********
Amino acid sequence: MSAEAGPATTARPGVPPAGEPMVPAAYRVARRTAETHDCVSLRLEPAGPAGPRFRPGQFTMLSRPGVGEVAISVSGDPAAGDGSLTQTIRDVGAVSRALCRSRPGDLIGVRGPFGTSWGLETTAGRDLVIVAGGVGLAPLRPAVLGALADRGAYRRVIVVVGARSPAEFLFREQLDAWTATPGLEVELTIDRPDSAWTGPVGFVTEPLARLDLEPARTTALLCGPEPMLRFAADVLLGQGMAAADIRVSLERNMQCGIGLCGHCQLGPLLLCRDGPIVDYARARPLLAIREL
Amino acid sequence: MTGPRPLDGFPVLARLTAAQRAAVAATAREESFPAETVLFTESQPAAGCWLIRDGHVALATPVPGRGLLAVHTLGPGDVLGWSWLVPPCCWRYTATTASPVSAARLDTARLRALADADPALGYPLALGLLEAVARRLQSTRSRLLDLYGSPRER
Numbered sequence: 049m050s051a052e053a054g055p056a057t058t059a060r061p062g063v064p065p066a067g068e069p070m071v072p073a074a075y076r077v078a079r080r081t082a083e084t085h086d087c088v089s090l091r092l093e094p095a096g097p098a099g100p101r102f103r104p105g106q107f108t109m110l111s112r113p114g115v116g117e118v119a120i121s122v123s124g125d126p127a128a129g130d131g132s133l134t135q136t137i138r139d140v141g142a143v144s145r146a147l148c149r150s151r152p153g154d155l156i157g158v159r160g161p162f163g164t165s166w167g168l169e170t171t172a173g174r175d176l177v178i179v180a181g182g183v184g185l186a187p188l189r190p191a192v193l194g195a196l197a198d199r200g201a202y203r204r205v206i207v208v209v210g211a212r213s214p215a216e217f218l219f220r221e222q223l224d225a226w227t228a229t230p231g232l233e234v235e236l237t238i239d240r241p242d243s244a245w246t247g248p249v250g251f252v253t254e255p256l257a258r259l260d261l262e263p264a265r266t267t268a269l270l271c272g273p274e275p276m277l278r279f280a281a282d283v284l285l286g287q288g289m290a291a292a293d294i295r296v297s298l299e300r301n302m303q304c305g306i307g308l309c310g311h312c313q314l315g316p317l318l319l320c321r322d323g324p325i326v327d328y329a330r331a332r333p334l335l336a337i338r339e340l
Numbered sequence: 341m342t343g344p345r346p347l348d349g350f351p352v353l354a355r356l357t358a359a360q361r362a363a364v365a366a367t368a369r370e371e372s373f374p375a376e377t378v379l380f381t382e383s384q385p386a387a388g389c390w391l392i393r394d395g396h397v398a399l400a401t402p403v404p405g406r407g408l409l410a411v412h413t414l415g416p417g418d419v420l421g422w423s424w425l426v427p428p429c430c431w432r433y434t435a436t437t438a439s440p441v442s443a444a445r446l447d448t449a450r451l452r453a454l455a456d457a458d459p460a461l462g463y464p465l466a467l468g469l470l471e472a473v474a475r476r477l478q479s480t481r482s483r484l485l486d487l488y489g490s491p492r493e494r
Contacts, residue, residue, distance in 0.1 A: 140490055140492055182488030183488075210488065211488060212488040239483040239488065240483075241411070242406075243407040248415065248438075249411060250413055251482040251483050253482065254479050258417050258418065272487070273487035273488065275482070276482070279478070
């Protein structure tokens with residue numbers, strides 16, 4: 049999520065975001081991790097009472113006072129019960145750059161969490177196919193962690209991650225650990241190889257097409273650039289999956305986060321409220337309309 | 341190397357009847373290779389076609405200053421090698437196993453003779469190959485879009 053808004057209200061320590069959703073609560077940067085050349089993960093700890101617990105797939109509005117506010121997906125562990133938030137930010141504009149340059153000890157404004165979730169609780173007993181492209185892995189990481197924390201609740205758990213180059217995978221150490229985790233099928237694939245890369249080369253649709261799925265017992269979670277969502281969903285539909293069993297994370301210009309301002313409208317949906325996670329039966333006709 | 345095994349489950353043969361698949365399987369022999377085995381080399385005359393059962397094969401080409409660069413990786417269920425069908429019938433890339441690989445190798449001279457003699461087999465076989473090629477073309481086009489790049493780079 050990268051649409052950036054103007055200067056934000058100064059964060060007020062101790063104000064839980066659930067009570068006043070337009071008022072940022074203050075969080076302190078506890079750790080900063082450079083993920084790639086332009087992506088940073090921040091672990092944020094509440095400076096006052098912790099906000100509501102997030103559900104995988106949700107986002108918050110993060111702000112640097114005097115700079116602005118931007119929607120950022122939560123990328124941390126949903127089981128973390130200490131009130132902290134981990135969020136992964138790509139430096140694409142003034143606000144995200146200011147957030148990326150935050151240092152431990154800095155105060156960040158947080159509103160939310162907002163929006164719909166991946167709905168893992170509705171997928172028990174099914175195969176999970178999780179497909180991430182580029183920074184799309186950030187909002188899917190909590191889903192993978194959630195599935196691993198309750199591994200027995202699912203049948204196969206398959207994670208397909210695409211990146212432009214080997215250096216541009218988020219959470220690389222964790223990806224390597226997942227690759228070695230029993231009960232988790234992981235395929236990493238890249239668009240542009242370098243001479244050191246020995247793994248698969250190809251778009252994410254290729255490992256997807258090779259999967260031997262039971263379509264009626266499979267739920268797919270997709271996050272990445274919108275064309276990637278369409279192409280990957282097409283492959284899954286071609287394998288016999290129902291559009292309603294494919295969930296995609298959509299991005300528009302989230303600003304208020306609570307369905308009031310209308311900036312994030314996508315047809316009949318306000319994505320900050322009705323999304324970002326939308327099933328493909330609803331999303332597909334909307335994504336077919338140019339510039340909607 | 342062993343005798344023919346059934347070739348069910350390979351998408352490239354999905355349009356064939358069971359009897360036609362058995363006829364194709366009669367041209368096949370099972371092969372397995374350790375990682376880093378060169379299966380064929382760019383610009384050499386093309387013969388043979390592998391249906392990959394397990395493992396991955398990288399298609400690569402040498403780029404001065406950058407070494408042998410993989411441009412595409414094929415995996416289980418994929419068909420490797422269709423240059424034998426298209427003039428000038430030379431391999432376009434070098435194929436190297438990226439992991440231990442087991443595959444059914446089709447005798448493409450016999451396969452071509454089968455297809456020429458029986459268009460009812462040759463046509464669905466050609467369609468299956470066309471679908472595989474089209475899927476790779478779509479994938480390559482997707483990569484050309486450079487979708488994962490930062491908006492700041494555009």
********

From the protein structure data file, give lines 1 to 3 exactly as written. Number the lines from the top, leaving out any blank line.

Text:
Amino acid sequence: MSAEAGPATTARPGVPPAGEPMVPAAYRVARRTAETHDCVSLRLEPAGPAGPRFRPGQFTMLSRPGVGEVAISVSGDPAAGDGSLTQTIRDVGAVSRALCRSRPGDLIGVRGPFGTSWGLETTAGRDLVIVAGGVGLAPLRPAVLGALADRGAYRRVIVVVGARSPAEFLFREQLDAWTATPGLEVELTIDRPDSAWTGPVGFVTEPLARLDLEPARTTALLCGPEPMLRFAADVLLGQGMAAADIRVSLERNMQCGIGLCGHCQLGPLLLCRDGPIVDYARARPLLAIREL
Amino acid sequence: MTGPRPLDGFPVLARLTAAQRAAVAATAREESFPAETVLFTESQPAAGCWLIRDGHVALATPVPGRGLLAVHTLGPGDVLGWSWLVPPCCWRYTATTASPVSAARLDTARLRALADADPALGYPLALGLLEAVARRLQSTRSRLLDLYGSPRER
Numbered sequence: 049m050s051a052e053a054g055p056a057t058t059a060r061p062g063v064p065p066a067g068e069p070m071v072p073a074a075y076r077v078a079r080r081t082a083e084t085h086d087c088v089s090l091r092l093e094p095a096g097p098a099g100p101r102f103r104p105g106q107f108t109m110l111s112r113p114g115v116g117e118v119a120i121s122v123s124g125d126p127a128a129g130d131g132s133l134t135q136t137i138r139d140v141g142a143v144s145r146a147l148c149r150s151r152p153g154d155l156i157g158v159r160g161p162f163g164t165s166w167g168l169e170t171t172a173g174r175d176l177v178i179v180a181g182g183v184g185l186a187p188l189r190p191a192v193l194g195a196l197a198d199r200g201a202y203r204r205v206i207v208v209v210g211a212r213s214p215a216e217f218l219f220r221e222q223l224d225a226w227t228a229t230p231g232l233e234v235e236l237t238i239d240r241p242d243s244a245w246t247g248p249v250g251f252v253t254e255p256l257a258r259l260d261l262e263p264a265r266t267t268a269l270l271c272g273p274e275p276m277l278r279f280a281a282d283v284l285l286g287q288g289m290a291a292a293d294i295r296v297s298l299e300r301n302m303q304c305g306i307g308l309c310g311h312c313q314l315g316p317l318l319l320c321r322d323g324p325i326v327d328y329a330r331a332r333p334l335l336a337i338r339e340l